Getting the Most out of Mentoring
Yesterday we congratulated winners of the 11th Annual New Dentist Committee Awards Luncheon taking place at the 27th New Dentist Conference. The subject of mentors and mentoring came up a lot.
Start Small Just as you would be wary of someone who proposed marriage on the first date, a potential mentor may shy away from a formal request for mentorship. Instead, start out by asking for advice on a single, well-defined challenge. For instance, “How do you approach case acceptance when the patient’s objection is that it will take too much time?”
Show that you are Serious If you received good advice, implement it and report back to your potential mentor. You’ll demonstrate that you are a good investment for the mentor’s time and effort. This might be a time to suggest a casual meeting over coffee.
Be Quick to Listen, Slow to Defend A key component of your mentor’s value is a willingness to share frank observations with you. While there is no expectation that you agree with all the feedback you receive, resist the urge to contradict your mentor. A useful phrase for you is, “Wow, you and I are looking at the same information and coming to two different conclusions. Will you share more of your thinking so I can see this from your point of view?”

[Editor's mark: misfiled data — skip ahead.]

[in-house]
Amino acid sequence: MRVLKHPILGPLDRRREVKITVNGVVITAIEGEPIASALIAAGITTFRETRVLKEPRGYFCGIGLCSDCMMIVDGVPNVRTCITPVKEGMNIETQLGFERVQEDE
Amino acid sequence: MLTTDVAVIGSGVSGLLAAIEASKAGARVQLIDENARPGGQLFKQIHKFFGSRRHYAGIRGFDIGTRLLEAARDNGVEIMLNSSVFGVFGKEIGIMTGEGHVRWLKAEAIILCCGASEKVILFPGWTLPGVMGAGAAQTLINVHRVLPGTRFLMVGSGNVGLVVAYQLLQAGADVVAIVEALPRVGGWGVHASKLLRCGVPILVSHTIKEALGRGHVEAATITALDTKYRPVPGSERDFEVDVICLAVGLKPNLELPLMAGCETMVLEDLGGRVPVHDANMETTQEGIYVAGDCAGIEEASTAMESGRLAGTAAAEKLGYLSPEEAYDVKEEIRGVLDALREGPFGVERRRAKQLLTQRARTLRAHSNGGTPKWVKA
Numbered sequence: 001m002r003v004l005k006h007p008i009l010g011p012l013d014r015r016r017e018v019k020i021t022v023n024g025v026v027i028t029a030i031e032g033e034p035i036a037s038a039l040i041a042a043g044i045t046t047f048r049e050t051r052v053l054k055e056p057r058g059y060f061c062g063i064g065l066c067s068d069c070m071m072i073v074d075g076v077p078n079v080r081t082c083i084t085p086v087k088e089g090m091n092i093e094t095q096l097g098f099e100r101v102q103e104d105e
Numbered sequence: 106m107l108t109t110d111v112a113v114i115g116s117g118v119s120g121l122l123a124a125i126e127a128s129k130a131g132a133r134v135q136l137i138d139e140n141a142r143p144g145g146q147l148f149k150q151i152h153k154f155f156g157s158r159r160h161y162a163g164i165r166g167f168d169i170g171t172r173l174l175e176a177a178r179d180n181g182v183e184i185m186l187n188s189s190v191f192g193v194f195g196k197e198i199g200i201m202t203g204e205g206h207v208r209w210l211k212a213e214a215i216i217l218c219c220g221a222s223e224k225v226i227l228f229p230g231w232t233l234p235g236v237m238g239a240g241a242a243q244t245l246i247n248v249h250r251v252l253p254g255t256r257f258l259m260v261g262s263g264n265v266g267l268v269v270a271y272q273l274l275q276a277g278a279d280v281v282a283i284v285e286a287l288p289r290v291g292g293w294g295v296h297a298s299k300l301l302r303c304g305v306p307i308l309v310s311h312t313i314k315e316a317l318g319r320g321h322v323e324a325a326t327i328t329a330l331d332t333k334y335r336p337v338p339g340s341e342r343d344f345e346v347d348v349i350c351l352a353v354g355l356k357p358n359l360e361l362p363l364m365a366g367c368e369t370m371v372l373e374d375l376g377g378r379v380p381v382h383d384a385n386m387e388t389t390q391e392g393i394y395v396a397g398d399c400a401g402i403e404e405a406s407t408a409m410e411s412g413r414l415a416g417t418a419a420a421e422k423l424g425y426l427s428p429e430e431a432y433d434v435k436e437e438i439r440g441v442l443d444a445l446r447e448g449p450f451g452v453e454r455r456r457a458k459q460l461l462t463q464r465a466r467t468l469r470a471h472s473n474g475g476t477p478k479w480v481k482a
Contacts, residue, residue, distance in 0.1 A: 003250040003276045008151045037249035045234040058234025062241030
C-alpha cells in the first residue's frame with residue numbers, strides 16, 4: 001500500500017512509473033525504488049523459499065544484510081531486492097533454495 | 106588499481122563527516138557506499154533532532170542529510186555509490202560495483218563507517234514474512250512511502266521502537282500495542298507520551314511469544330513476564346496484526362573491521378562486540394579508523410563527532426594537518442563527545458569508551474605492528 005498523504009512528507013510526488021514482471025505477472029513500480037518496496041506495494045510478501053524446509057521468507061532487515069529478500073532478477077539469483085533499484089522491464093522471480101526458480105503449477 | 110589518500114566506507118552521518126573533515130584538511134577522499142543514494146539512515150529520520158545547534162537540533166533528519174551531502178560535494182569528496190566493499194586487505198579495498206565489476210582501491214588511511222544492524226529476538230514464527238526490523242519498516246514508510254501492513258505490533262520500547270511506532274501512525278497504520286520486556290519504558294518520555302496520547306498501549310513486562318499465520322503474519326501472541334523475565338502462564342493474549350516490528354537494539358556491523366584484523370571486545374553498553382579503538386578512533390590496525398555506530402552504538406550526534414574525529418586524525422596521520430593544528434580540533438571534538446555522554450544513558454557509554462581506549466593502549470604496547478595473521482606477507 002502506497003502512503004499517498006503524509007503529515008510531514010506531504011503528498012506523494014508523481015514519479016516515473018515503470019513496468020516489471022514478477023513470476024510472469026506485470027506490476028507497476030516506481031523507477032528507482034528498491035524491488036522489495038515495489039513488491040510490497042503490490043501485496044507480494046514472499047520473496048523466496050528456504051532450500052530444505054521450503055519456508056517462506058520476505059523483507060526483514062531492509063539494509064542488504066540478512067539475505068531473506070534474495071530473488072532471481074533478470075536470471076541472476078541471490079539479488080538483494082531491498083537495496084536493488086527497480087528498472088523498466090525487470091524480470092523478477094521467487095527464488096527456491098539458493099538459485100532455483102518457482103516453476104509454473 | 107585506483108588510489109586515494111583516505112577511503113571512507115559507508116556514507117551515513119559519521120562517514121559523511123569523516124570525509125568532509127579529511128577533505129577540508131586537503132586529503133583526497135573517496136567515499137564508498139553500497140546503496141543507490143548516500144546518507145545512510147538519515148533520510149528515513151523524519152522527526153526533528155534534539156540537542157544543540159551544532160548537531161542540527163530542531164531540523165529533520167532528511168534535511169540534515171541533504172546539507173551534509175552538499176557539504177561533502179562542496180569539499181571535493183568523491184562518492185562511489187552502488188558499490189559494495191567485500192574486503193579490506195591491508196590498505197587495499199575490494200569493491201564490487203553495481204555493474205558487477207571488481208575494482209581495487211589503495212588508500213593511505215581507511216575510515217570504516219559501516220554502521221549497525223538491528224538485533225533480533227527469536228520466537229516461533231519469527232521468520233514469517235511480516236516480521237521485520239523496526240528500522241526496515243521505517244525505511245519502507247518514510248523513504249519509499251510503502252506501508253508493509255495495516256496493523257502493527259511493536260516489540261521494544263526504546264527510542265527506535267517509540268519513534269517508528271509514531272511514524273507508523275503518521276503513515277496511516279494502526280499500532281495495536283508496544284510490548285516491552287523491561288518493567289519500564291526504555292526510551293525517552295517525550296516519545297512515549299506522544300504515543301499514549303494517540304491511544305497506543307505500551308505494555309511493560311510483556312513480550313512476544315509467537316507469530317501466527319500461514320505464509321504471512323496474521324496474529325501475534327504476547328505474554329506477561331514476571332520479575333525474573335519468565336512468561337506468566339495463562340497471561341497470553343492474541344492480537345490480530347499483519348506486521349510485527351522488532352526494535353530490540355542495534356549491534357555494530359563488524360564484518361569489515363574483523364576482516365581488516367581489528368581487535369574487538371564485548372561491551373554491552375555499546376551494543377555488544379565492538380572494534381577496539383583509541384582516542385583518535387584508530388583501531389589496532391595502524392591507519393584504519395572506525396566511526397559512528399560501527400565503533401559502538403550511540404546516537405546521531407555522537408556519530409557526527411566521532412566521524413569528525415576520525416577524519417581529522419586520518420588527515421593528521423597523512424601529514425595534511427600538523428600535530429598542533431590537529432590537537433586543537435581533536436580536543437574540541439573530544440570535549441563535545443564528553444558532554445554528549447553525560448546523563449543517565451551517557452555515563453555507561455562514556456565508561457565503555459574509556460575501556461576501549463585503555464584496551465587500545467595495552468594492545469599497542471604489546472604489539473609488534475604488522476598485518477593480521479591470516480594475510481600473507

Remember to Have Fun A mentorship should be an energy boost for both of you, not another in a list of “ought to do” obligations. Remember to reach out to your mentor to share good news, to make purely social invitations, and connect in other ways that aren’t primarily about you asking for guidance.